Actually, that brings up an interesting point. It occurs to me that I’ve generally tried to make my characters as unlike me as possible. Even when they’re not the opposite gender or a completely different species, I still find ways to make them not like me. My Secret World character is black, and I tried to make my GW2 warrior look Asian — with mixed success.

      Hmm. *Strokes chin in thought.*

      • No, no horns or tail πŸ˜€
        I try for facial features, eye/hair colour and hair style if I can find something. Probably why I prefer Draenei and BEs as it’s like playing an avatar “mini-me” – without the hairy goat legs or long pointy ear of course.

        Interesting though that I can’t even come close with Humans.

        So…when are you writing an article about how you avoid making characters to look like you? That should be quite interesting πŸ˜‰

      • I may have to at some point, but it’s not too hard to understand. I don’t feel very comfortable in my own skin, and I play video games to escape from reality and from myself, so it makes sense I’d try to avoid anything resembling my true self in the virtual realm.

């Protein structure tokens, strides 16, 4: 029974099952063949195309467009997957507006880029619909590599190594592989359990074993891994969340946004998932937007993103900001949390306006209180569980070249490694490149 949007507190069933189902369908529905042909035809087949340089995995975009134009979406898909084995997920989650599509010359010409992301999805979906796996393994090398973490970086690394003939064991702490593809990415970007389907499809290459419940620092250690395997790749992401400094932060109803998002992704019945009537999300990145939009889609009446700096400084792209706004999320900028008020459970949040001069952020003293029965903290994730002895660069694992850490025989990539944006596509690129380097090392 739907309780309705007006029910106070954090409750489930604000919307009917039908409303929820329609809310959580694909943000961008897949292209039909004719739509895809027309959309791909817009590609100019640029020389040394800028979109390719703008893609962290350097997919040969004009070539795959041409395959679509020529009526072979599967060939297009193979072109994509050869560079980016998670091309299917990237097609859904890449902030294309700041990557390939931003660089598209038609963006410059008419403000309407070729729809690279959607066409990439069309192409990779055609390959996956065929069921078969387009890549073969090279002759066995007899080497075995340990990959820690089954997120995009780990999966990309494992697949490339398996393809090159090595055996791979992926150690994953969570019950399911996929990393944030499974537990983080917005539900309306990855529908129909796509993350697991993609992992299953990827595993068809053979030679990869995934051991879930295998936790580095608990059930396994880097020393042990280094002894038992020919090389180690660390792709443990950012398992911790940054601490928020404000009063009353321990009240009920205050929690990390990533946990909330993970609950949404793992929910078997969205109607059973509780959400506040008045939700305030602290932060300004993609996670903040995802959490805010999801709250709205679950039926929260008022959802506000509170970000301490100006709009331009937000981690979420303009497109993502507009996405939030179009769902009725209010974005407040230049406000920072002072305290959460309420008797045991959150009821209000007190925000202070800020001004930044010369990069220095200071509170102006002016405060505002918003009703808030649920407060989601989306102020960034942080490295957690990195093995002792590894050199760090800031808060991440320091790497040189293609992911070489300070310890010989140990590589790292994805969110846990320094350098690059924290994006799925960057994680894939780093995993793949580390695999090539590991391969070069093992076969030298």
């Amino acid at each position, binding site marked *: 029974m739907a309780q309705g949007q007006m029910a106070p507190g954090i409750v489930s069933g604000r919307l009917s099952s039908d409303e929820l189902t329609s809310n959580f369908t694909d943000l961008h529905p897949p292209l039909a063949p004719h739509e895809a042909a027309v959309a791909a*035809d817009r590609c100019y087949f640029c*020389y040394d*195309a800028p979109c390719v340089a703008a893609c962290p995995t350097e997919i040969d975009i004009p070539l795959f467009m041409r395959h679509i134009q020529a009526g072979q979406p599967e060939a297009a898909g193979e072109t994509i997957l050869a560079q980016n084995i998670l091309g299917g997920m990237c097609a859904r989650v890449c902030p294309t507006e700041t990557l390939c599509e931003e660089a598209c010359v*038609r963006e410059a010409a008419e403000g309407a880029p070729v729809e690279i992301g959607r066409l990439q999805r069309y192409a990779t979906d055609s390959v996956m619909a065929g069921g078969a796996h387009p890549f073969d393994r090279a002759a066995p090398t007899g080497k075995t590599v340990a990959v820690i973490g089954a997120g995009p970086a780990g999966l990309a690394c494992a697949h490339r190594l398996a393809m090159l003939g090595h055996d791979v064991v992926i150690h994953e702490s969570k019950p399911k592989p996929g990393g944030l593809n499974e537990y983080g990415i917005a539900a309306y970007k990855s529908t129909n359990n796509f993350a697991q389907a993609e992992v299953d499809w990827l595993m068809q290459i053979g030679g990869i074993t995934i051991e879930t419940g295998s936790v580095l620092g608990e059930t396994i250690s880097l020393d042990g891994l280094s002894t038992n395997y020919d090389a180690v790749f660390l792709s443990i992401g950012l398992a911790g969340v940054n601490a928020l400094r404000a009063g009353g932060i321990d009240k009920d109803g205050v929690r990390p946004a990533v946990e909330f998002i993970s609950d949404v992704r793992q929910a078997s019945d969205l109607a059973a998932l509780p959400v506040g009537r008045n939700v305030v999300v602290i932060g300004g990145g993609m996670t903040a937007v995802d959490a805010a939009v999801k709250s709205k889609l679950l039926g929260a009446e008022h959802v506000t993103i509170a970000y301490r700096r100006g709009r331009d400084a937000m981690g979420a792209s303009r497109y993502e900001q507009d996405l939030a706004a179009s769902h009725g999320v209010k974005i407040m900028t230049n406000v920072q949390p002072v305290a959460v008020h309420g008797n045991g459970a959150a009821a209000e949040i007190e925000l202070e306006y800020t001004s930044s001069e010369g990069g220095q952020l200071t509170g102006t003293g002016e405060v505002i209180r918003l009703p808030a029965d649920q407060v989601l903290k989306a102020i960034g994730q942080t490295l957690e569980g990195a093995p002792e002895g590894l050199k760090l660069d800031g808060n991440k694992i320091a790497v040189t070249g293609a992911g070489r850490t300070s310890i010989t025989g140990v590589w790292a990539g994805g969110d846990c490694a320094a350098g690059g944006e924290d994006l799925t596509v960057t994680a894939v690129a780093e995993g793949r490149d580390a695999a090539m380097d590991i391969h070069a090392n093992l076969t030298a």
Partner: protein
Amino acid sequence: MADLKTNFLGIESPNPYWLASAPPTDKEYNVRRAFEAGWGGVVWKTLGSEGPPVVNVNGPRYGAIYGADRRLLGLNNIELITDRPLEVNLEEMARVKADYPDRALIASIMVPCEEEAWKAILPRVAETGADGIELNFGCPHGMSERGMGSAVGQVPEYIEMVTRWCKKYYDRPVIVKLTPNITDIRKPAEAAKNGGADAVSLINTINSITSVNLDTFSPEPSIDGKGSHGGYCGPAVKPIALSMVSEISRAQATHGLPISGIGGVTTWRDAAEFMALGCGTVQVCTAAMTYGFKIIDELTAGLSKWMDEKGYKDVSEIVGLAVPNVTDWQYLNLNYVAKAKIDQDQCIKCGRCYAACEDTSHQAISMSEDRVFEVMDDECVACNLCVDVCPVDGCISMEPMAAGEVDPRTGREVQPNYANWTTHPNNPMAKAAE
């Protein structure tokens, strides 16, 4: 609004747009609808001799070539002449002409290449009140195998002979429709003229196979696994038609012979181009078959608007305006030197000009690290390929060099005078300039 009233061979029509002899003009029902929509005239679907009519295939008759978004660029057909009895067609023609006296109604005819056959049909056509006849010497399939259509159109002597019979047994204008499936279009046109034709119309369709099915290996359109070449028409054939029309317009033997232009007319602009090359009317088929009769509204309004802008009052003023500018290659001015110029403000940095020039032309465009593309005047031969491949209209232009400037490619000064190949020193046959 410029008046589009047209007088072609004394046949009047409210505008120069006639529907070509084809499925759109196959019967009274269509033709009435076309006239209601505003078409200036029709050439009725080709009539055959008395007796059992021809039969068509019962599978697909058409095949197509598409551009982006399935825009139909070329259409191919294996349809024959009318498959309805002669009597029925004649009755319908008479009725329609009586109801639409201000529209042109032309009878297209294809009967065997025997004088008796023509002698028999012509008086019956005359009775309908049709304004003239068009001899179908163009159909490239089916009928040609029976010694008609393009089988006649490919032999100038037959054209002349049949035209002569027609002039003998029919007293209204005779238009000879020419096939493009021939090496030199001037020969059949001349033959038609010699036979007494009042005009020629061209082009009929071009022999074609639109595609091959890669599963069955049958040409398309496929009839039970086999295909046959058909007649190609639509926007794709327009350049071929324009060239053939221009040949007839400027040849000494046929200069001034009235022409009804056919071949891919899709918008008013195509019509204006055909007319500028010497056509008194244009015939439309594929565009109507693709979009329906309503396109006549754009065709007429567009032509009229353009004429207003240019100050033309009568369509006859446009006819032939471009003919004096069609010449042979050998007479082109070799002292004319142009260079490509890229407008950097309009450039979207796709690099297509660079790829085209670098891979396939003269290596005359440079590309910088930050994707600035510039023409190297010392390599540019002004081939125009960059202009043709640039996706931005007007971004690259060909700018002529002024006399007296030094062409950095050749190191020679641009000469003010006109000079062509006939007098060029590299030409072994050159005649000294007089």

4. I admit it. I’m kinda stalking you now. lol. Honestly though, I was curious as to what your answer would be. In the DDO guild I play in, there are lots and lots of female characters. I was the only female player for a long time, though now there are a handful. All my DDO characters are women. Typically, if I have a choice in a game, my character is a woman. Why? Because I take some amount of pride in being a woman who has decided to pursue my passion for gaming instead of hiding it as might be expected. I asked one guy why he always made female characters, and he said he’d much prefer to see a girl’s butt for a couple hours a day than a dude’s. I did have one male character in DDO, but then I decided on a naming convention for all my characters and decided they were all “sisters” in spirit if not blood (multiple races). I have one male Skyrim character, and games like Mass Effect, I’ll typically do a good girl run first, then a bad boy. That probably says a lot about me. lol Unless I have a reason for a change (like my hardcore warriors are generally fiery redheads) they are all dirty blonde/light brown, green eyes, and hair pulled back like my own.